verb (used without object), hus·tled, hus·tling.
verb (used with object), hus·tled, hus·tling.
- (of a prostitute) to solicit (someone).
- to attempt to persuade (someone) to have sexual relations.
- to promote or publicize in a lively, vigorous, or aggressive manner: an author hustling her new book on the TV talk shows.
- an inducing by fraud, pressure, or deception, especially of inexperienced or uninformed persons, to buy something, to participate in an illicit scheme, dishonest gambling game, etc.
- such a product, scheme, gambling game, etc.
- husserl, edmund,
- hustle up,
- huston, john,
Origin of hustle
Examples from the Web for hustle
Her hustle has started to pay off and she started a 14-date national tour in early November.
Halfway to the park, the hustle of Goma and outlying villages faded behind him.A Belgian Prince, Gorillas, Guerrillas & the Future of the Congo|Nina Strochlic|November 6, 2014|DAILY BEAST
Summer vacations should offer a hiatus from the hustle but at the Hamptons everyone is selling or pushing someone or something.The Hell of the Hamptons: Why the Exclusive Hotspot Is a Mind-Numbing Drag|Robert Gold|August 18, 2014|DAILY BEAST
Back then she was “forced,” but soon she started to hustle on corners “willingly,” and was paid for sex.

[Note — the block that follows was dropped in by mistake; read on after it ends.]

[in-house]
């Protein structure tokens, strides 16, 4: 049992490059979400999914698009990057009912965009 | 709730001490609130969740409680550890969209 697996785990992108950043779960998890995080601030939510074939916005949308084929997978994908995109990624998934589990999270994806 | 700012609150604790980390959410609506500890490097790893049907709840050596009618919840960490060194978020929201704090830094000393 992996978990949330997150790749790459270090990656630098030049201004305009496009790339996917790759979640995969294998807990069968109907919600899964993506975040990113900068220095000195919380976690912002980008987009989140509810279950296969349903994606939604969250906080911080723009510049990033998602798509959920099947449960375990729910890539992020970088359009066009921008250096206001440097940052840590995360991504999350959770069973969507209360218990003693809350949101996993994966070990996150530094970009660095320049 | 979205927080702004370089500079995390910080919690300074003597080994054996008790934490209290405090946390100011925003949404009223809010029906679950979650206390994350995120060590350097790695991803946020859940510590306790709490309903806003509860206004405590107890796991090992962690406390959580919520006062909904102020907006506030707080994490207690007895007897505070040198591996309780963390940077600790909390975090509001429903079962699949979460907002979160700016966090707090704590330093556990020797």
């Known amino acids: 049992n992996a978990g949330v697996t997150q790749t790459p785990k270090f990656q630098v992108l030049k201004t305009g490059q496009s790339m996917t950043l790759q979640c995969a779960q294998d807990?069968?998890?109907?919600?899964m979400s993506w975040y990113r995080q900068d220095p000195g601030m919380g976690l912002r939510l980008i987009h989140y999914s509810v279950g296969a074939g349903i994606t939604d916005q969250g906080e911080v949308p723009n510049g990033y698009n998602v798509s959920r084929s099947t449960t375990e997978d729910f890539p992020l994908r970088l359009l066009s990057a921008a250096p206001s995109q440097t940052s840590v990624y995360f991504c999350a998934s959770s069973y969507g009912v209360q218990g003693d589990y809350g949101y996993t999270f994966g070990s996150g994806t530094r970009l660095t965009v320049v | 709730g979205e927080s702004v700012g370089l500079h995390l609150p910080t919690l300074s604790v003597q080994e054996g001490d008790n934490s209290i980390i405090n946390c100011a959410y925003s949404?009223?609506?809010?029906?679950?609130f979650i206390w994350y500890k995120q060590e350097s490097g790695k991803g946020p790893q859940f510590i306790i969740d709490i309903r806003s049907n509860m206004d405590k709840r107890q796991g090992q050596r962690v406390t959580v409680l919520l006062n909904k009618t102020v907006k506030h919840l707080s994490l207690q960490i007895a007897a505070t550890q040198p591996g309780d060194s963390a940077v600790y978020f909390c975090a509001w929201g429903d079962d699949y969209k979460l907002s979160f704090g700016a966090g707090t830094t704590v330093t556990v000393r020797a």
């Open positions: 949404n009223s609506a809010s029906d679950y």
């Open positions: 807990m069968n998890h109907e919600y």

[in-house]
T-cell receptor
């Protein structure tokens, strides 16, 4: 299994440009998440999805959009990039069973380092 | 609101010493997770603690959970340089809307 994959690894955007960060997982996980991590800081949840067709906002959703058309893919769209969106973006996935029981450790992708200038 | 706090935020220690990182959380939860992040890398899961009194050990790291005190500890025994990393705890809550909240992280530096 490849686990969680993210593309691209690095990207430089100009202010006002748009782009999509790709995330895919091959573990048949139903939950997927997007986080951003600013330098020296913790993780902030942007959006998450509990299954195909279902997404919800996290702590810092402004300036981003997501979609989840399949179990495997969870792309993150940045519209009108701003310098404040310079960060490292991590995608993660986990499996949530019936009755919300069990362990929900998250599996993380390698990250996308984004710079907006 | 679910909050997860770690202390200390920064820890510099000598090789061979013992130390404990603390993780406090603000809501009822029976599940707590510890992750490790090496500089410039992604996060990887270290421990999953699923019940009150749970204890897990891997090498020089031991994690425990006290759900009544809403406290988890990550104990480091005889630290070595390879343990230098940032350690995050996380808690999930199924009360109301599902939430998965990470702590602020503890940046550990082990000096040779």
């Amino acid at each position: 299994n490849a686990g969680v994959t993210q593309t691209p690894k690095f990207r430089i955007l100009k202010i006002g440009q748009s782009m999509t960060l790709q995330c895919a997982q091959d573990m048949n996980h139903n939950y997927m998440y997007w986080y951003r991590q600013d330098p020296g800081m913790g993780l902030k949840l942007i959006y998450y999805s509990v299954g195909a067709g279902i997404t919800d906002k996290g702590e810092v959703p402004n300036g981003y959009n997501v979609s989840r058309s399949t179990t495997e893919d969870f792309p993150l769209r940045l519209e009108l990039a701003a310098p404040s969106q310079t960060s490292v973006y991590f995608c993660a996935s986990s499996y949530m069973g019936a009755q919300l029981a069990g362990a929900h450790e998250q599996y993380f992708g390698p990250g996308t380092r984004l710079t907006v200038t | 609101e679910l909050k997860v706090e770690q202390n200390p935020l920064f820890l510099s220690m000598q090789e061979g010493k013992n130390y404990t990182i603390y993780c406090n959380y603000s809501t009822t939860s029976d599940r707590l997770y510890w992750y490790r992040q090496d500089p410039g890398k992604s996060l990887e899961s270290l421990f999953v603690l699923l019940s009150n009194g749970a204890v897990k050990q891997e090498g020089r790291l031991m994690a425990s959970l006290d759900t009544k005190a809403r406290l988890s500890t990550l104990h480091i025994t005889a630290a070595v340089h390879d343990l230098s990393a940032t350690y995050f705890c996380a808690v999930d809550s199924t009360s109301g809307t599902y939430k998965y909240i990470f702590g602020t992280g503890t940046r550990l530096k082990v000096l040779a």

Titanic Thompson could beat you at cards, hustle you at golf, and bet you on anything, so long as the odds were in his favor.
Sometimes you'll have to hustle Charnock and sometimes hold him tight.The Girl From Keller's|Harold Bindloss
Then, since you know the Spanish rules, my notion is you ought to have got on a hustle earlier.Kit Musgrave's Luck|Harold Bindloss
"We must hustle, if we want to get to Uncle Ike's before dark," Tom declared.Ruth Fielding and the Gypsies|Alice B. Emerson
You need to hustle it up to Leaping Horse, and on to the camp right away.The Triumph of John Kars|Ridgwell Cullum
Hustle them down as quickly as you can, and then well repay his generosity by giving him a lift to Rosemount.
Word Origin for hustle
1680s, "to shake to and fro" (especially of money in a cap, as part of a game called hustle-cap), metathesized from Dutch hutselen, husseln "to shake, to toss," frequentative of hutsen, variant of hotsen "to shake." "The stems hot-, hut- appear in a number of formations in both High and Low German dialects, all implying a shaking movement" [OED]. Related: Hustled; hustling. Meaning "push roughly, shove" first recorded 1751. That of "hurry, move quickly" is from 1812.
The key-note and countersign of life in these cities [of the U.S. West] is the word "hustle." We have caught it in the East. but we use it humorously, just as we once used the Southern word "skedaddle," but out West the word hustle is not only a serious term, it is the most serious in the language. [Julian Ralph, "Our Great West," N.Y., 1893]
Sense of "to get in a quick, illegal manner" is 1840 in American English; that of "to sell goods aggressively" is 1887.
"pushing activity; activity in the interest of success," 1891, American English, from hustle (v.); earlier it meant "a shaking together" (1715). Sense of "illegal business activity" is by 1963, American English. As a name of a popular dance, by 1975.